Archive for Thursday, November 12, 2009

Elm Grove dedicates new building

Members of Elm Grove Baptist Church happily hold the pieces of the cut dedication ribbon. The church had its first service Sunday in its new building.

Members of Elm Grove Baptist Church happily hold the pieces of the cut dedication ribbon. The church had its first service Sunday in its new building.

November 12, 2009

Elm Grove Dedication

Rick Walters says a few words at the beginning of Sunday's service in the new church. Enlarge video

Hundreds of people flooded into the doors of Elm Grove Baptist Church Sunday to witness a much-awaited event: the dedication of the church’s new $2.5 million building.

The bright faces were greeted by a newly-painted gold banner above the altar that read, “Behold, now is the day of salvation.”

When the service began, hardly a seat was open. Thunderous applause rang out as Pastor Sandy Seaba walked to the pulpit for the first time.

“We are very, very blessed on this day,” Seaba said.

The morning represented for Elm Grove a long, successful journey from the tiny country church it was when established by Glen and Nell Webb in 1965 on the corner of Kansas Highway 32 and 158th Street.

As he was one of the initial 1965 Elm Grove attendees, Glen Webb stood in front of the congregation of about 800 Sunday to give an opening prayer before the ribbon cutting.

After a few songs, Seaba continued to introduce guests who were present that day who made the event possible, including the contractor of the building, Don Lowe.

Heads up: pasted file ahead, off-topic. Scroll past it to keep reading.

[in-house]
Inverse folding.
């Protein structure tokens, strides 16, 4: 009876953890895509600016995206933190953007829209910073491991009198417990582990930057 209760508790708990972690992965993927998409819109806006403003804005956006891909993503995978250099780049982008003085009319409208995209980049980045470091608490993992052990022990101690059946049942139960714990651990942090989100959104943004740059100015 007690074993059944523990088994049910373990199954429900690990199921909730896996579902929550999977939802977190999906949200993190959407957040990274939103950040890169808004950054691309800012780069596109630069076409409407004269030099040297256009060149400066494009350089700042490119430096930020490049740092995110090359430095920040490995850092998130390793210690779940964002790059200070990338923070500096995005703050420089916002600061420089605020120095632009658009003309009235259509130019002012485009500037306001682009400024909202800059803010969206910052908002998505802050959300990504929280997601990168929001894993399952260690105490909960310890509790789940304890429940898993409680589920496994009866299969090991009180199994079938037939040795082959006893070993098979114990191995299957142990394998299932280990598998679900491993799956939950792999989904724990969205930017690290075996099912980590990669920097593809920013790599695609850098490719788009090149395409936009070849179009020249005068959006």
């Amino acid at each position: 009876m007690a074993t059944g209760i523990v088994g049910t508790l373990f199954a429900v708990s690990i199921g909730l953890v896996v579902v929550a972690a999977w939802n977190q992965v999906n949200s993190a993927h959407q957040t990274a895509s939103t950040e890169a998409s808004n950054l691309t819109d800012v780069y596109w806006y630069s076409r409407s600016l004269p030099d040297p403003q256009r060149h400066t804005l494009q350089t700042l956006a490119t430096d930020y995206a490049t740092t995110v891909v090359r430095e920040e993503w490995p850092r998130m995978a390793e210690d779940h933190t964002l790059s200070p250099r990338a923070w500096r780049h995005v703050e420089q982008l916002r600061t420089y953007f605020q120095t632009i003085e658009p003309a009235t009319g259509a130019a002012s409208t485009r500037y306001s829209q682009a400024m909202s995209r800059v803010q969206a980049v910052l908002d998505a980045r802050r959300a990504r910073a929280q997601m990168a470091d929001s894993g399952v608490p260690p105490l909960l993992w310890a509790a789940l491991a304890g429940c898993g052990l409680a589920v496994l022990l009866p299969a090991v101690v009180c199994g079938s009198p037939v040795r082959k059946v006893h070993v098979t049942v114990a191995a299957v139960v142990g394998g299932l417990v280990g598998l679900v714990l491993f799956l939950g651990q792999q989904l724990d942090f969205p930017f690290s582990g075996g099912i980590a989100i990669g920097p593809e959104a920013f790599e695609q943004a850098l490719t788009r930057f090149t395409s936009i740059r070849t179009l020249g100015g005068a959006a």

“It was a privilege to work on this building,” Lowe said. “I didn’t do it alone, though. A lot of people helped, and I’d like to recognize them, too.”

Lowe called out for anyone who had worked on the building to stand, as visitors clapped and cheered.

One other person who was recognized that day was Charles Hall, a long-time member of the church who recently died.

“This church was his dream,” Seaba said of Hall. “He said, ‘We’ve got to build a place where people can come to worship the Lord.’ He was one of the finest men I’ve ever met, and part of this great church is dedicated to him.”

Several other guests and members of the church sang and spoke that day, after which Seaba gave a sermon on the importance of the Bible.

He described his own religious maturation through the years and how the Bible helped him through many troubled times, ending with a well-known children’s rhyme, “B-I-B-L-E, that’s the book for me.”

After the service, Seaba said he was thrilled with Sunday’s events.

“It was a great success,” he said. “I think it was a good testimony for the community. This is a church for the community, and I think there was a great need for it.”

Though he didn’t expect to see 800 people coming every week, Seaba said Elm Grove was headed in a direction of growth, and this new building was a monumental step toward a bright future.

“There’s only better things to come,” Seaba said. “Only better to come.”

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